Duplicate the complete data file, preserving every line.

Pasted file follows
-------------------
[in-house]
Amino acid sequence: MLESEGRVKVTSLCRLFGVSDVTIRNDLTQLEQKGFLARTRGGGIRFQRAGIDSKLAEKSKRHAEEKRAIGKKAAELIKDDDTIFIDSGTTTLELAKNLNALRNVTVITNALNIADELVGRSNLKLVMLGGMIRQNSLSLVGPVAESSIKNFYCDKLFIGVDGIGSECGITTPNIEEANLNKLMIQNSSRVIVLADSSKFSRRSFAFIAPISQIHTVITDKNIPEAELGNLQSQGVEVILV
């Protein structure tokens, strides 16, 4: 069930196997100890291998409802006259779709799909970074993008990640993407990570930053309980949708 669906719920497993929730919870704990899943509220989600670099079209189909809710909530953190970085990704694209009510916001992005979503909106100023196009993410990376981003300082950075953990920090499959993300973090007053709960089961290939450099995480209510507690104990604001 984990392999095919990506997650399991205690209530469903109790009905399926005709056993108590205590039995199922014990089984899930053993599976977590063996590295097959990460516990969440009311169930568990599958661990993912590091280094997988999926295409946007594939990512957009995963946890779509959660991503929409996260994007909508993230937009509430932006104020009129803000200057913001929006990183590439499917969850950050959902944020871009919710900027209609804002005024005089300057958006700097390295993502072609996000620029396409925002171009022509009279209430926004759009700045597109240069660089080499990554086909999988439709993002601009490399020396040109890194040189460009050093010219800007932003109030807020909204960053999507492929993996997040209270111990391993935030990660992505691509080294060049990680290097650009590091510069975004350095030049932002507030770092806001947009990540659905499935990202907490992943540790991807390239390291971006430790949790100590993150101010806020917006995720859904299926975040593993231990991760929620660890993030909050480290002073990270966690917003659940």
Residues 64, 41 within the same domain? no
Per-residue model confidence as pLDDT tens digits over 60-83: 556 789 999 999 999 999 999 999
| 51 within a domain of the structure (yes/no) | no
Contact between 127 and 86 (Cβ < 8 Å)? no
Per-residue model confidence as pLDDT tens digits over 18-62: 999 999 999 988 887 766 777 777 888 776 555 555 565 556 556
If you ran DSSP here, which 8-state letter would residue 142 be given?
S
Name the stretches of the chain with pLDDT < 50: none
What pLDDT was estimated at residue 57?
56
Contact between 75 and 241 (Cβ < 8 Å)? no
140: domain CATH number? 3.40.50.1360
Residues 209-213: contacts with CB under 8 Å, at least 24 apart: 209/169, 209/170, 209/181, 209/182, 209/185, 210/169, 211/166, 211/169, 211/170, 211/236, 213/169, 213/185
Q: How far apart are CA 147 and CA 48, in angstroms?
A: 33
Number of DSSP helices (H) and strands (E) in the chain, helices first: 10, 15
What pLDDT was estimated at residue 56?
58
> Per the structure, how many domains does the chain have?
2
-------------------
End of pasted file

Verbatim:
[in-house]
Amino acid sequence: MLESEGRVKVTSLCRLFGVSDVTIRNDLTQLEQKGFLARTRGGGIRFQRAGIDSKLAEKSKRHAEEKRAIGKKAAELIKDDDTIFIDSGTTTLELAKNLNALRNVTVITNALNIADELVGRSNLKLVMLGGMIRQNSLSLVGPVAESSIKNFYCDKLFIGVDGIGSECGITTPNIEEANLNKLMIQNSSRVIVLADSSKFSRRSFAFIAPISQIHTVITDKNIPEAELGNLQSQGVEVILV
């Protein structure tokens, strides 16, 4: 069930196997100890291998409802006259779709799909970074993008990640993407990570930053309980949708 669906719920497993929730919870704990899943509220989600670099079209189909809710909530953190970085990704694209009510916001992005979503909106100023196009993410990376981003300082950075953990920090499959993300973090007053709960089961290939450099995480209510507690104990604001 984990392999095919990506997650399991205690209530469903109790009905399926005709056993108590205590039995199922014990089984899930053993599976977590063996590295097959990460516990969440009311169930568990599958661990993912590091280094997988999926295409946007594939990512957009995963946890779509959660991503929409996260994007909508993230937009509430932006104020009129803000200057913001929006990183590439499917969850950050959902944020871009919710900027209609804002005024005089300057958006700097390295993502072609996000620029396409925002171009022509009279209430926004759009700045597109240069660089080499990554086909999988439709993002601009490399020396040109890194040189460009050093010219800007932003109030807020909204960053999507492929993996997040209270111990391993935030990660992505691509080294060049990680290097650009590091510069975004350095030049932002507030770092806001947009990540659905499935990202907490992943540790991807390239390291971006430790949790100590993150101010806020917006995720859904299926975040593993231990991760929620660890993030909050480290002073990270966690917003659940």
Residues 64, 41 within the same domain? no
Per-residue model confidence as pLDDT tens digits over 60-83: 556 789 999 999 999 999 999 999
| 51 within a domain of the structure (yes/no) | no
Contact between 127 and 86 (Cβ < 8 Å)? no
Per-residue model confidence as pLDDT tens digits over 18-62: 999 999 999 988 887 766 777 777 888 776 555 555 565 556 556
If you ran DSSP here, which 8-state letter would residue 142 be given?
S
Name the stretches of the chain with pLDDT < 50: none
What pLDDT was estimated at residue 57?
56
Contact between 75 and 241 (Cβ < 8 Å)? no
140: domain CATH number? 3.40.50.1360
Residues 209-213: contacts with CB under 8 Å, at least 24 apart: 209/169, 209/170, 209/181, 209/182, 209/185, 210/169, 211/166, 211/169, 211/170, 211/236, 213/169, 213/185
Q: How far apart are CA 147 and CA 48, in angstroms?
A: 33
Number of DSSP helices (H) and strands (E) in the chain, helices first: 10, 15
What pLDDT was estimated at residue 56?
58
> Per the structure, how many domains does the chain have?
2